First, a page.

Back in March 2016, I wrote a lesson titled "A Model of Practical Greatness." Here are some excerpts:
Christ's chosen few had a recurring problem. Just before the triumphal entry several days earlier, James and John had made a move to have the Lord grant them the two honored places next to Him in His kingdom (Mark 10:35-45). When the other disciples learned of it, they were quite displeased. Not long before that, they all had argued about "who should be the greatest" (Mark 9:34). Now, this very evening during their supper, even after Jesus had told them that one of them would betray Him, "there was also a strife among them, which of them should be accounted the greatest" (Luke 22:24).
The Lord Jesus knew the state of their souls as well as their soles. He could see their dirty feet (and feel His own uncomfortable feet). He could hear the sound of their unclean spirits. Wordlessly, He rose from supper and the conversation that pained His heart. Going to the neglected water basin and towel, He silently chose the position His disciples considered the lowest.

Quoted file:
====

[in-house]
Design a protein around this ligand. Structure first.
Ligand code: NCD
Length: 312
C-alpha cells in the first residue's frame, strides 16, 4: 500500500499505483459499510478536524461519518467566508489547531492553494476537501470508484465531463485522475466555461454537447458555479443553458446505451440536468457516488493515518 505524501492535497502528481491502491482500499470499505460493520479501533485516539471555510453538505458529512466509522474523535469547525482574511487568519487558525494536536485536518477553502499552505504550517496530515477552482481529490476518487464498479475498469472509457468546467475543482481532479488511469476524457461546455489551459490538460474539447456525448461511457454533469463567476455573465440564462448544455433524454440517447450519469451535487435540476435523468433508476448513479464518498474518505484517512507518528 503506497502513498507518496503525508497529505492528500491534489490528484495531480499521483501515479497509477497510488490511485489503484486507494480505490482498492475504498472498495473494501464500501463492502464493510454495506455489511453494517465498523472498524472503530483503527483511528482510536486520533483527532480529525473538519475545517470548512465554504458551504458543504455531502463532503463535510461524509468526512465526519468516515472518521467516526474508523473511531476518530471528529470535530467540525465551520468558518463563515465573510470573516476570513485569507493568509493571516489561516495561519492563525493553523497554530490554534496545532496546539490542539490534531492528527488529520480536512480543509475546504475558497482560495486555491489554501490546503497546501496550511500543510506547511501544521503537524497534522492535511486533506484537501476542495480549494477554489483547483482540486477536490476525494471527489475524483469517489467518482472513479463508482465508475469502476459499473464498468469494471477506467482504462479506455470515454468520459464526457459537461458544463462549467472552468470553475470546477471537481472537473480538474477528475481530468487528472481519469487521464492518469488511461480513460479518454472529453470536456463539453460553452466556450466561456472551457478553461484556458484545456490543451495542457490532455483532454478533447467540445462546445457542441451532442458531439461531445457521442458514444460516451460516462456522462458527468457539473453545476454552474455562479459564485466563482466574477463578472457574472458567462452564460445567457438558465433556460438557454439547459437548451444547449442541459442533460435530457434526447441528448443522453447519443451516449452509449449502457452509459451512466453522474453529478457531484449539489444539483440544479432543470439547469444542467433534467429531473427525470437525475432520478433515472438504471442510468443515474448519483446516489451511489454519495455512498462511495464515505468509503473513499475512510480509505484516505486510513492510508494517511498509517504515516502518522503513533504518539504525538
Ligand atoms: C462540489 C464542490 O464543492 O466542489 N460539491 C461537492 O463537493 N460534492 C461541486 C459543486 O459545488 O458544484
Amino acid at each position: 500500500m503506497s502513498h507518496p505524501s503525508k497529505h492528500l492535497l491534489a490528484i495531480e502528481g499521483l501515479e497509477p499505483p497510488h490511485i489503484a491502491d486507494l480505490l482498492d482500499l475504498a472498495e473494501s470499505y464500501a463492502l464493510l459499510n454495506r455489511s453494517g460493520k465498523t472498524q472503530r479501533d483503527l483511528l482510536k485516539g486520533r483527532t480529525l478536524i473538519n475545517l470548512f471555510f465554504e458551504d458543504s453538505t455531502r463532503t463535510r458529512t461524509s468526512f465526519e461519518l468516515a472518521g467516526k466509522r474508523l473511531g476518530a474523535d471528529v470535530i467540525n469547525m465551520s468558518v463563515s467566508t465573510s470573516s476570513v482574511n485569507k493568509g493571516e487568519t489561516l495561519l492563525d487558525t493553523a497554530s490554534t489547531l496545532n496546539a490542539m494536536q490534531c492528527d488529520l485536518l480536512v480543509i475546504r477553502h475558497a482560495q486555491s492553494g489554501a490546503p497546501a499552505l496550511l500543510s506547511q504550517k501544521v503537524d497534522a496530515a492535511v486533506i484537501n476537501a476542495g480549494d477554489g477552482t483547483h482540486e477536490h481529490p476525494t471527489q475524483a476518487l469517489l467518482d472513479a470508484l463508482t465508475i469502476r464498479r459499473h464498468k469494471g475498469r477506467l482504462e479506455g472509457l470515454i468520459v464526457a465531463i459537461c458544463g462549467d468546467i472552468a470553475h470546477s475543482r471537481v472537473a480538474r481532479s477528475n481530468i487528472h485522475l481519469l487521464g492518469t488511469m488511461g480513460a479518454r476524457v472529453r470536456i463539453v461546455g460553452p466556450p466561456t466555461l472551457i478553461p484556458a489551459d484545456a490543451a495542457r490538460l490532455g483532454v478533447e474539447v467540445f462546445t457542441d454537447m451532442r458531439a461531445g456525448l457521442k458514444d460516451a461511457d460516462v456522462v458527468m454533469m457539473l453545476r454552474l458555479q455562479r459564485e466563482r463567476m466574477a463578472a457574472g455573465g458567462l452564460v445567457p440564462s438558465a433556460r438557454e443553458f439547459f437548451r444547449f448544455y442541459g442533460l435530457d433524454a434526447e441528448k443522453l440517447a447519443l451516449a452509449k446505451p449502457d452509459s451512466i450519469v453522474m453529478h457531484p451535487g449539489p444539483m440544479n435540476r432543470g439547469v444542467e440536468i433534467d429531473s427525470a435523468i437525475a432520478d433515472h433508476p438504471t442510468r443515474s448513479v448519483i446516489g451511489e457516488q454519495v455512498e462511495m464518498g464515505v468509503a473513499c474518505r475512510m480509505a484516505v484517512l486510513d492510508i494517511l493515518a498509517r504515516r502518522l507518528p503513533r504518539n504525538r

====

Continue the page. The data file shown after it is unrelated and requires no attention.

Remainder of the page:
On hands and knees, His own feet still dirty, Jesus washed and dried their feet. What an object lesson in humble service to counteract their prideful concern for position!
Peter had been watching and wondering. Something just wasn't right. Lords just don't do this type of thing!
Well, back to the problem in your church...
You have gone to talk redemptively with the practioners of Gentile Power. You have prayed for their repentance and revival. You have purged your own heart of a resistant, resentful attitude and of any inclination toward Gentile Power. But that person -- minister, chairman, whoever -- continues to use his position as license to exercise Gentile Power.
What are you supposed to do?!
Keep on praying. And be a servant. To him.
That's part of Jesus living His life in you:
"I am crucified with Christ: nevertheless I live; yet not I, but Christ liveth in me: and the life which I now live in the flesh I live by the faith of the Son of God, who loved me, and gave himself for me" (Galatians 2:20).